reviewed by Victoria Elisabeth Garcia

Persona, by Genevieve Valentine
  reviewed by Kristin King
Featured Artist
Sharon E. Sutton

Thursday, July 9, 2015

Letters to Tiptree

 Today Twelfth Planet Press released the list of contributors to their forthcoming anthology, Letters to Tiptree, edited by Alisa Krasnostein and Alexandra Pierce, and The Los Angeles Review of Books published The Women You Didn't See: A Letter to Alice Sheldon by Nicola Griffith.You can check out the star-studded list and preorder the book at The book is scheduled for release on the centenary of Sheldon's birth, August 24.

Monday, June 29, 2015

Photos from WisCon 39

I tend to forget to take photos at WisCon, except for those I've gotten in the habit of doing-- chiefly of the Aqueduct Press-organized readings. Partly this is because I don't like to take photos without first getting permission from those who will be clearly identifiable in the photo (which pretty much rules out most candid photos), partly because I tend to get so caught up in talking to people that I forget. On our first night at WisCon, I remembered to take a photo of the window of Room of One's Own (which I of course stared admiringly at before entering the store), and a photo of Kath, Arrate, Nisi Shawl, and Margaret McBride at dinner. (Tom was leaning in back in his chair, & so, like me, who was talking the photo, is invisible.)
Hmm. Actually, you can see Tom's arm, the napkin in his lap. The food was Peruvian, and we were all in an exuberant mood and rejoicing at being all together again and attending another WisCon.

Friday, I took a picture of our tables in the Dealers Room. Kim Nash took the photo so that all four of us could be in the photo: this is what it the center part of the table looked like before the doors to the Dealers Room were opened:
Reading on Saturday were Anne Sheldon (who read several poems and an excerpt from Adventures of the Faithful Counselor, Mary Anne Mohanraj (who read from the introduction of The WisCon Chronicles Vol 9: Intersections and Alliances, Jackie Hatton (who read from Flesh and Wires, which Aqueduct Press will be releasing later this year), Andrea Hairston (who read from a novella), and me (who read a portion of "The Forbidden Words of Margaret A., which has just been reprinted in Ann and Jeff VanderMeer's Sisters of the Revolution):

And reading on Sunday were Eleanor Arnason (who read from The Daughter of the Bear King, which Aqueduct recently released in an ebook edition), Nancy Jane Moore (who read from The Weave), Therese Pieczynski (not an Aqueduct author, but one who writes very much in the spirit of Aqueduct and who read a teaser from a story that had everyone on the edge of their seat), and Lisa Shapter (who read from her novella A Day in Deep Freeze, which Aqueduct published this spring, and who prefers not to be photographed).

Wednesday, June 24, 2015

I want to sing Jacques Brel and read you a passage of lesbian steampunk romance adventure from my forthcoming novel, Everfair.  All you have to do is show up at Gay City in Seattle on Thursday, July 2, 7 p.m. and listen.

Here are the details.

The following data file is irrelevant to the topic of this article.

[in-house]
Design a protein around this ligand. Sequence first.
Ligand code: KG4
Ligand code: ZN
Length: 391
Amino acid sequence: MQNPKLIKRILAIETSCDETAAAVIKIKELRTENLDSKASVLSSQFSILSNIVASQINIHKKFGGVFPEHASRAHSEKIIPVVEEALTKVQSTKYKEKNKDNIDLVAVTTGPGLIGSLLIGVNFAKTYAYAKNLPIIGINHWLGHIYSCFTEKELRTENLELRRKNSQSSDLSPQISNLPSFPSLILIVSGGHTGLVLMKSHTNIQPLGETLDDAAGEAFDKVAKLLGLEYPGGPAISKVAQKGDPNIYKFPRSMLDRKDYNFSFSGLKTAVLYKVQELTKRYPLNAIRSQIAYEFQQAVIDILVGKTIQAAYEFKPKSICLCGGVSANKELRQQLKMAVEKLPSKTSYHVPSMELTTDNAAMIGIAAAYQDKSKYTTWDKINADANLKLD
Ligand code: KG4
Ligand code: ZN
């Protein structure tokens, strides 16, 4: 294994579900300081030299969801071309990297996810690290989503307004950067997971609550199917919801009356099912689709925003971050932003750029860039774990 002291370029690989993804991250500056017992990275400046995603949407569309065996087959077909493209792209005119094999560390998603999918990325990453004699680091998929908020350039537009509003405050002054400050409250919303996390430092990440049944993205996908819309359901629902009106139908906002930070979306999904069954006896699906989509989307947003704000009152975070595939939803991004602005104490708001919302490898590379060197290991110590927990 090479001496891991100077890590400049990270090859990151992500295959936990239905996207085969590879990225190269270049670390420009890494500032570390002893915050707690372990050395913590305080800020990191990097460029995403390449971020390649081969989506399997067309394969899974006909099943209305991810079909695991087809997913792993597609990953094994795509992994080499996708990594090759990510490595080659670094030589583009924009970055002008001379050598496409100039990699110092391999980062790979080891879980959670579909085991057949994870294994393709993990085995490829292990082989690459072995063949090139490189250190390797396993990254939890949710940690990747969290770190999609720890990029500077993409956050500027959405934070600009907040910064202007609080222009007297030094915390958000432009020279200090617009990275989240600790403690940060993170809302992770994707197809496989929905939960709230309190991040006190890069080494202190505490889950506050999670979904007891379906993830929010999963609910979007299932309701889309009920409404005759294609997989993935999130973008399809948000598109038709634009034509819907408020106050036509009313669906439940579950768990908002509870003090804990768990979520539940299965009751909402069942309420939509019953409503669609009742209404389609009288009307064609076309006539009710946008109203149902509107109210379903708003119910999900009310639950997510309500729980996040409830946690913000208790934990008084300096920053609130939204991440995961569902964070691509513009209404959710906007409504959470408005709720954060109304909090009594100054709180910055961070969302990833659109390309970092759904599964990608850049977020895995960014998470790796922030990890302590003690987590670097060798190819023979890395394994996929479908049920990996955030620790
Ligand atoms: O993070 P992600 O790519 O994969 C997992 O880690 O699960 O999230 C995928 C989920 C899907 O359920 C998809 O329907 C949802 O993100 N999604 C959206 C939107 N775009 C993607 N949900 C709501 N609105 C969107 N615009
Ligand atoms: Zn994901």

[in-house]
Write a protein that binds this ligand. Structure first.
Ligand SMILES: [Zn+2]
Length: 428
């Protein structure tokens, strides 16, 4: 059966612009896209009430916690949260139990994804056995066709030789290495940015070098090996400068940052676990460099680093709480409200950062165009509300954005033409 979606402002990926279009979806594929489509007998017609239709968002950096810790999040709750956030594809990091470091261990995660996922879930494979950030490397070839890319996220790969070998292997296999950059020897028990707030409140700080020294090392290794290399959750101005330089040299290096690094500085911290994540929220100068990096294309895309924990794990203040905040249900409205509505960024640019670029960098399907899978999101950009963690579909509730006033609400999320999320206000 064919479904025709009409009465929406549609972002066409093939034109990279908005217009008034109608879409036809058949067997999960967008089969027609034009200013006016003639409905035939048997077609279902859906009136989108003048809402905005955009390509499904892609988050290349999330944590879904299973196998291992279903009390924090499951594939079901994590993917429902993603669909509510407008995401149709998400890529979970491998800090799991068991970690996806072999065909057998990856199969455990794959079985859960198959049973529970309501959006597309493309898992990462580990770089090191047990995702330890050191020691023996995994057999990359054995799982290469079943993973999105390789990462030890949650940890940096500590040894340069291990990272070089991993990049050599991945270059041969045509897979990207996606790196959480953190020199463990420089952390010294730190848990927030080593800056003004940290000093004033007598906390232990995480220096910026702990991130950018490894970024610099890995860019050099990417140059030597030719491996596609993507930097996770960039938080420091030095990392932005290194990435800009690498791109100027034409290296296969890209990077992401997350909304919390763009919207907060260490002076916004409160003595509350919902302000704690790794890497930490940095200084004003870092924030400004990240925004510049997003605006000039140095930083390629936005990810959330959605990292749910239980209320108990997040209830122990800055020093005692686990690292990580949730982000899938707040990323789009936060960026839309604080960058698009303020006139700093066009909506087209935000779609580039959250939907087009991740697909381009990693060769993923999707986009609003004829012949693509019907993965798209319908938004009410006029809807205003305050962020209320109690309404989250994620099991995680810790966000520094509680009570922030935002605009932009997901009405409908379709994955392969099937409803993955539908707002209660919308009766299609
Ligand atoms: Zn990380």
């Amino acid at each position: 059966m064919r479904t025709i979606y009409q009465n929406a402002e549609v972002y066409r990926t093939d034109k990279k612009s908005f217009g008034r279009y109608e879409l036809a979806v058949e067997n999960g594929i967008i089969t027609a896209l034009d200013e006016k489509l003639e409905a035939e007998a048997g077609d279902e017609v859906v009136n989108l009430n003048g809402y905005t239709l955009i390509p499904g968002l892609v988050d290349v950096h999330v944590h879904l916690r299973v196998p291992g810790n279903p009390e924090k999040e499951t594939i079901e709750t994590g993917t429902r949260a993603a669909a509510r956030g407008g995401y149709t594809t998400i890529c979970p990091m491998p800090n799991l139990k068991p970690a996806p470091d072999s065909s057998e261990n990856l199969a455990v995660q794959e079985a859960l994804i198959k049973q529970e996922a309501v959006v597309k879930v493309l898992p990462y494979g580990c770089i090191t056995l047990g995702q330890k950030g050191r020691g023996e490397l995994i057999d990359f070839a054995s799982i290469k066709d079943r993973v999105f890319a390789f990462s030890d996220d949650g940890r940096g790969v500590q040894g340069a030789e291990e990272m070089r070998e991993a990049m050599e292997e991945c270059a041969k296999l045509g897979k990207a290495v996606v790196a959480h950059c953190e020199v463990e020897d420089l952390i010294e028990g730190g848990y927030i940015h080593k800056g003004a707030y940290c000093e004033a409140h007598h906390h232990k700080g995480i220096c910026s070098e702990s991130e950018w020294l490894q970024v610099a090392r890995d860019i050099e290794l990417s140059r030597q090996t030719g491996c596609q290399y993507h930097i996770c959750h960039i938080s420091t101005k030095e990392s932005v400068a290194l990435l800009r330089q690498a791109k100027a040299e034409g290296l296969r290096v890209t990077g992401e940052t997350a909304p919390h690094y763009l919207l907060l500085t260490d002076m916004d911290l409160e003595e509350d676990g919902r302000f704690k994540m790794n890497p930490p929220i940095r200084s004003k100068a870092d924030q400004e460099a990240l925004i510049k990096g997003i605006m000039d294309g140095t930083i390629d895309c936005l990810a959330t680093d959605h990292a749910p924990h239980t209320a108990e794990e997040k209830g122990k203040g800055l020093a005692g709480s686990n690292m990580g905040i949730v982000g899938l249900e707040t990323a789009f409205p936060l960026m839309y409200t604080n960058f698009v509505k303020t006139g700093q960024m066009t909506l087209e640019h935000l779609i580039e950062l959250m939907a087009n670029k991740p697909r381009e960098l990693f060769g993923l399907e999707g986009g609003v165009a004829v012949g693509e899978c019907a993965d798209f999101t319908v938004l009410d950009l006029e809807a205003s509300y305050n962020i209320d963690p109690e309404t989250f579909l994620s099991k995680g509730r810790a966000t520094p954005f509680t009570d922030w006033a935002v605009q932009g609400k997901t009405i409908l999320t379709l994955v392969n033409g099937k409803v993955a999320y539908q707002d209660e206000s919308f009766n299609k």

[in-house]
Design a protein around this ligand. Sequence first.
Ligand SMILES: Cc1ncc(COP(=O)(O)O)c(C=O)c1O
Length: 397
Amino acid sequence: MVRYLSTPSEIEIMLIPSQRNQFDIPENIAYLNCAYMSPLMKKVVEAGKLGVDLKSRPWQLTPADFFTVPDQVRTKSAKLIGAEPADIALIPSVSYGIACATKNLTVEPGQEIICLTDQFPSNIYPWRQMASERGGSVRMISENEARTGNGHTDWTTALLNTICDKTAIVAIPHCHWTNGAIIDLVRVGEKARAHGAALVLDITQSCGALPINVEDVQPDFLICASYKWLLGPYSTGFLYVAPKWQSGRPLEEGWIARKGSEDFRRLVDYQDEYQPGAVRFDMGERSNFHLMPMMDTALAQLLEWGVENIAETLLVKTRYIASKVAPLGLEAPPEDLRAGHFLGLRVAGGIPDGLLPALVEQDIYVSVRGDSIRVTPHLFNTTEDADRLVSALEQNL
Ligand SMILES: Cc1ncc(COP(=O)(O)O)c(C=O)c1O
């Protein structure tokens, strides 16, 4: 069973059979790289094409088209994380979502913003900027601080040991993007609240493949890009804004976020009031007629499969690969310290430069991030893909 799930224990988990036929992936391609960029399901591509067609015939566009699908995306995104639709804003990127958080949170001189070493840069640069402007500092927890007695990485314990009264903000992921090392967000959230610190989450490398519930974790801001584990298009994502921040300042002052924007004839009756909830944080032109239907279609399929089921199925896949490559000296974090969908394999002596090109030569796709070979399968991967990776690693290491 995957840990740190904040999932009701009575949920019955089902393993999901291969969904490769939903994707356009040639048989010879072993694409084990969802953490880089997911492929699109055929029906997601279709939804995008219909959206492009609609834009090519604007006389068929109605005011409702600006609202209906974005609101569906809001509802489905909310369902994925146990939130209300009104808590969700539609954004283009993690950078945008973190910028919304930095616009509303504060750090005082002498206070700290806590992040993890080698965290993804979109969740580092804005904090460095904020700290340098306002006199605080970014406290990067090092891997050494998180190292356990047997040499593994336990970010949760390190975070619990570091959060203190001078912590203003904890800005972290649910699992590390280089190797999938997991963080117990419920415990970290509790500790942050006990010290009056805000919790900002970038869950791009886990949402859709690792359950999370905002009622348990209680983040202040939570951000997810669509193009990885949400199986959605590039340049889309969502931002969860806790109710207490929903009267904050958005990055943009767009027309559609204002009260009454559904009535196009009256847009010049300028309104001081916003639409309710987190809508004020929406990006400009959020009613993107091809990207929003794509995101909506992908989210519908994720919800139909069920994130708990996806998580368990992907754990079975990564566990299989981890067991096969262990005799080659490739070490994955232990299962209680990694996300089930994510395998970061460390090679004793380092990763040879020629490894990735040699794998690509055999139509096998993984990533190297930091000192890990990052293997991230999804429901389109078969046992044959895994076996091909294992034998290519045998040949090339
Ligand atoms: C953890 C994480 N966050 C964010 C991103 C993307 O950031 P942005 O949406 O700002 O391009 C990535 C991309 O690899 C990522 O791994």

Wednesday, June 17, 2015

The WisCon Chronicles, Vol. 10-- Call for materials

 Call for Materials

 The WisCon Chronicles, Vol. 10:  Social Justice (Redux), will be edited by Margaret McBride. She has issued the following call for materials:

"One thing I admire in Ursula K. LeGuin's writing is her willingness to publicly examine and change her way of seeing the world and her fiction (as in Tehanu, published almost 20 years after The Earthsea Trilogy or the 1976 "Is Gender Necessary?" followed by the 1989 "Redux" version of that essay). I hope The WisCon Chronicles 10 Social Justice (Redux) authors will have the same attitude, for we seem to bring up problems of social injustice so often.  Mary Anne Mohanraj, who edited The WisCon Chronicles 9,  focused on social justice issues in her introduction, as did several included essays. The fiction and WisCon 39 guest-of-honor speeches by Alaya Dawn Johnson and Kim Stanley Robinson focused on multiple aspects of social justice: environmental collapse, need for reduced population, and climate change; violence against women; racial inequality in publishing and elsewhere; gender issues, including reproductive rights; inequality of income and power; etc. Yet current newspapers or blogs about Ferguson or gay marriage or our own science fiction community show that we must continue to address such issues in fiction and elsewhere (I hope in WisCon Chronicles 10!). The "redux" aspect of the volume might include essays on how terms used in debates about social justice could be problematic.

"I am particularly interested in how science fiction is addressing social justice, especially the idea that environmental programs need to include equality for women and minorities. Essays examining the fiction of any past guest of honor at WisCon or Tiptree Award winner or any science fiction that looks at environmental concerns or diversity issues would be appropriate, also. 2016 will be the 40th year for WisCon, so personal memories from guests of honor, committee members, and also people new or long-time to WisCon will be considered, even if not linked directly to social justice issues.

"Please submit essays, personal remembrances, poetry, short fiction for consideration by September 30, 2015 to"